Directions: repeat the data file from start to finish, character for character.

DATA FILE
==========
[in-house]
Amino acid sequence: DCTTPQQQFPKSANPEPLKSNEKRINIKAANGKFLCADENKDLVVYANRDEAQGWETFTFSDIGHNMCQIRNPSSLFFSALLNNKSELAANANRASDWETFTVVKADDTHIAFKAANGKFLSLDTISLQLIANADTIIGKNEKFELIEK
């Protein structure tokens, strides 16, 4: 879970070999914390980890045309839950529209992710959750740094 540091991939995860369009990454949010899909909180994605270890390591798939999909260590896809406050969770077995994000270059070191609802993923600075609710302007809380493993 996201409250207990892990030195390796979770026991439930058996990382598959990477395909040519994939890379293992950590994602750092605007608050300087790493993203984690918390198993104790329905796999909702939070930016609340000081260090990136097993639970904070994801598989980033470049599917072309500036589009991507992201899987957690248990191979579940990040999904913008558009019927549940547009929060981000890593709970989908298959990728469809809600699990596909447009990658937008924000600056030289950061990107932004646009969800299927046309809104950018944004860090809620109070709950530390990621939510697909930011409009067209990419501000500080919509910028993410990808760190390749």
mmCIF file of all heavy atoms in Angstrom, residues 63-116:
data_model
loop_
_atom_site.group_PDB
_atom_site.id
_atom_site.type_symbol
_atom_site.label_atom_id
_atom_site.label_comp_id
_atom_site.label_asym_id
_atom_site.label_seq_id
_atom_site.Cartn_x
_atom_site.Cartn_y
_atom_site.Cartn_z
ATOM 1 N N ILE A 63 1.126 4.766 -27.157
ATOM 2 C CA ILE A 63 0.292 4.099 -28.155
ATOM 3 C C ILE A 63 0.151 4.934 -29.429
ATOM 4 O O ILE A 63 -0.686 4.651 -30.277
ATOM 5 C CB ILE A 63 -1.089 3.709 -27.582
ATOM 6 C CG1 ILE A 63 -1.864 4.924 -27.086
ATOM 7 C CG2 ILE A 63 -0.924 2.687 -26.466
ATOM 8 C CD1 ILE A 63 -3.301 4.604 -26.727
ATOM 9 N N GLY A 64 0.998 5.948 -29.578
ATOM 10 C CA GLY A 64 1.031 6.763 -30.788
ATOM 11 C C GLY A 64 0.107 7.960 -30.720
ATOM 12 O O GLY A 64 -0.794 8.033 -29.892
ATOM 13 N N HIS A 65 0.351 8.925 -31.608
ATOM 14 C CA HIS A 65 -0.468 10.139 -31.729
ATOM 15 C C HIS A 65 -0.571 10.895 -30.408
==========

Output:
[in-house]
Amino acid sequence: DCTTPQQQFPKSANPEPLKSNEKRINIKAANGKFLCADENKDLVVYANRDEAQGWETFTFSDIGHNMCQIRNPSSLFFSALLNNKSELAANANRASDWETFTVVKADDTHIAFKAANGKFLSLDTISLQLIANADTIIGKNEKFELIEK
């Protein structure tokens, strides 16, 4: 879970070999914390980890045309839950529209992710959750740094 540091991939995860369009990454949010899909909180994605270890390591798939999909260590896809406050969770077995994000270059070191609802993923600075609710302007809380493993 996201409250207990892990030195390796979770026991439930058996990382598959990477395909040519994939890379293992950590994602750092605007608050300087790493993203984690918390198993104790329905796999909702939070930016609340000081260090990136097993639970904070994801598989980033470049599917072309500036589009991507992201899987957690248990191979579940990040999904913008558009019927549940547009929060981000890593709970989908298959990728469809809600699990596909447009990658937008924000600056030289950061990107932004646009969800299927046309809104950018944004860090809620109070709950530390990621939510697909930011409009067209990419501000500080919509910028993410990808760190390749």
mmCIF file of all heavy atoms in Angstrom, residues 63-116:
data_model
loop_
_atom_site.group_PDB
_atom_site.id
_atom_site.type_symbol
_atom_site.label_atom_id
_atom_site.label_comp_id
_atom_site.label_asym_id
_atom_site.label_seq_id
_atom_site.Cartn_x
_atom_site.Cartn_y
_atom_site.Cartn_z
ATOM 1 N N ILE A 63 1.126 4.766 -27.157
ATOM 2 C CA ILE A 63 0.292 4.099 -28.155
ATOM 3 C C ILE A 63 0.151 4.934 -29.429
ATOM 4 O O ILE A 63 -0.686 4.651 -30.277
ATOM 5 C CB ILE A 63 -1.089 3.709 -27.582
ATOM 6 C CG1 ILE A 63 -1.864 4.924 -27.086
ATOM 7 C CG2 ILE A 63 -0.924 2.687 -26.466
ATOM 8 C CD1 ILE A 63 -3.301 4.604 -26.727
ATOM 9 N N GLY A 64 0.998 5.948 -29.578
ATOM 10 C CA GLY A 64 1.031 6.763 -30.788
ATOM 11 C C GLY A 64 0.107 7.960 -30.720
ATOM 12 O O GLY A 64 -0.794 8.033 -29.892
ATOM 13 N N HIS A 65 0.351 8.925 -31.608
ATOM 14 C CA HIS A 65 -0.468 10.139 -31.729
ATOM 15 C C HIS A 65 -0.571 10.895 -30.408